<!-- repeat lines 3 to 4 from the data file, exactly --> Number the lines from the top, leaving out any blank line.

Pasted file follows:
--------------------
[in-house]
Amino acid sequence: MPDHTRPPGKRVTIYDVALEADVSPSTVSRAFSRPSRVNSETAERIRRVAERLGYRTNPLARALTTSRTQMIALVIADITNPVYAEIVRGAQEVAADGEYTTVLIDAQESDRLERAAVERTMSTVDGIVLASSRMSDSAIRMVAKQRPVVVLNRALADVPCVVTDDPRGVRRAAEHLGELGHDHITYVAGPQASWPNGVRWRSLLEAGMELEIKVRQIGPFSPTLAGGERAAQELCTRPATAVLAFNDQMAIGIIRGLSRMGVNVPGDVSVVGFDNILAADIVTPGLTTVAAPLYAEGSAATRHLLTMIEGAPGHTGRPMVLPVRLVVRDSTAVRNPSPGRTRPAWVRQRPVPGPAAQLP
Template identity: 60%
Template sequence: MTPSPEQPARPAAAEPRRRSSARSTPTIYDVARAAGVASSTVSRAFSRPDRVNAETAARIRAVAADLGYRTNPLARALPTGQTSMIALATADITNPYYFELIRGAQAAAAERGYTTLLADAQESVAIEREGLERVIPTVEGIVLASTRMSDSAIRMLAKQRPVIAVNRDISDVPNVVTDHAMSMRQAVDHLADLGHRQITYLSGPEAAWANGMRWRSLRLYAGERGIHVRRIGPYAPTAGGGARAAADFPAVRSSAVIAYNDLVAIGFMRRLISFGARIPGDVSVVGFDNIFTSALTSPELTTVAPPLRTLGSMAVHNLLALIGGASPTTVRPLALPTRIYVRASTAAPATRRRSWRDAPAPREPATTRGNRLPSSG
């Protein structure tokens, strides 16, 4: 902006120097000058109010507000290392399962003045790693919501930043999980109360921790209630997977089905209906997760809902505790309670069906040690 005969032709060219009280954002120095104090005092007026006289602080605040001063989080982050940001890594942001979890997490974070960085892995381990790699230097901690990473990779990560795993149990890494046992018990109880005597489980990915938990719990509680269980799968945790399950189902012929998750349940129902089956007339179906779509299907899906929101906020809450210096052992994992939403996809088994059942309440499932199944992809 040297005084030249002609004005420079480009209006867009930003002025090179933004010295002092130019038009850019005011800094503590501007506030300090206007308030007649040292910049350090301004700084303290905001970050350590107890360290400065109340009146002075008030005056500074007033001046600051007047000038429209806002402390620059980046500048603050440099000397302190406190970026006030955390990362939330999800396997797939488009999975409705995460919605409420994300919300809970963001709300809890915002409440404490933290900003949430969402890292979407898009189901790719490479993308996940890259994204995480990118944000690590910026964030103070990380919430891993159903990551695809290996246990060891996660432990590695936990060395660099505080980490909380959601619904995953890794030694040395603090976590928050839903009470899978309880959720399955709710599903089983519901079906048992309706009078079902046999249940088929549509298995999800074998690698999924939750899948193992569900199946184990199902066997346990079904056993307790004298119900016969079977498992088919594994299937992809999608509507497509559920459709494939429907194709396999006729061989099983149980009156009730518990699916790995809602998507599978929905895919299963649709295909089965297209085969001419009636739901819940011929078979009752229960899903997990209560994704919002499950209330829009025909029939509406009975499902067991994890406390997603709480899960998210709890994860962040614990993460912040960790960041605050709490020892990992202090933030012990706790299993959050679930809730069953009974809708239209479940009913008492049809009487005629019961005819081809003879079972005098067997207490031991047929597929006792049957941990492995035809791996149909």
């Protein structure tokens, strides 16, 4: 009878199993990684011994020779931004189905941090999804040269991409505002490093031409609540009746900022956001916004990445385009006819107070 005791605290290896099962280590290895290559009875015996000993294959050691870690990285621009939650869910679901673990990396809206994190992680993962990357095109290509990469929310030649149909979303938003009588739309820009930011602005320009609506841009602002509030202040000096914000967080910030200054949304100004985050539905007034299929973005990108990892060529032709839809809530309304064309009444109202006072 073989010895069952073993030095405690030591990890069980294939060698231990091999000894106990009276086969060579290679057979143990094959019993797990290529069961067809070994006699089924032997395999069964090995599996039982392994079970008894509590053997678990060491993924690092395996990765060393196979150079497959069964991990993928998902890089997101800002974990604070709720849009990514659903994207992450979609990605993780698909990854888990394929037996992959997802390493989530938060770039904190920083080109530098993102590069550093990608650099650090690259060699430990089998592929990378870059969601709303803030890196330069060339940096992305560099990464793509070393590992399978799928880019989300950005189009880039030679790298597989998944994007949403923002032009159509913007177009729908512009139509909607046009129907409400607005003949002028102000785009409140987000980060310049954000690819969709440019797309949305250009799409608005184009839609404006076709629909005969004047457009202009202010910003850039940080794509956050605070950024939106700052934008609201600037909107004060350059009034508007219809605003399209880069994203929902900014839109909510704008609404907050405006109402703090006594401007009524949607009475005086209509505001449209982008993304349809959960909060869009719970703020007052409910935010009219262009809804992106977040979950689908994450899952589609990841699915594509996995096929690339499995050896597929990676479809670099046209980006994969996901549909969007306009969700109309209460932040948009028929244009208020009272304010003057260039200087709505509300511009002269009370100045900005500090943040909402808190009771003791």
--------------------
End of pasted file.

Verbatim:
Template identity: 60%
Template sequence: MTPSPEQPARPAAAEPRRRSSARSTPTIYDVARAAGVASSTVSRAFSRPDRVNAETAARIRAVAADLGYRTNPLARALPTGQTSMIALATADITNPYYFELIRGAQAAAAERGYTTLLADAQESVAIEREGLERVIPTVEGIVLASTRMSDSAIRMLAKQRPVIAVNRDISDVPNVVTDHAMSMRQAVDHLADLGHRQITYLSGPEAAWANGMRWRSLRLYAGERGIHVRRIGPYAPTAGGGARAAADFPAVRSSAVIAYNDLVAIGFMRRLISFGARIPGDVSVVGFDNIFTSALTSPELTTVAPPLRTLGSMAVHNLLALIGGASPTTVRPLALPTRIYVRASTAAPATRRRSWRDAPAPREPATTRGNRLPSSG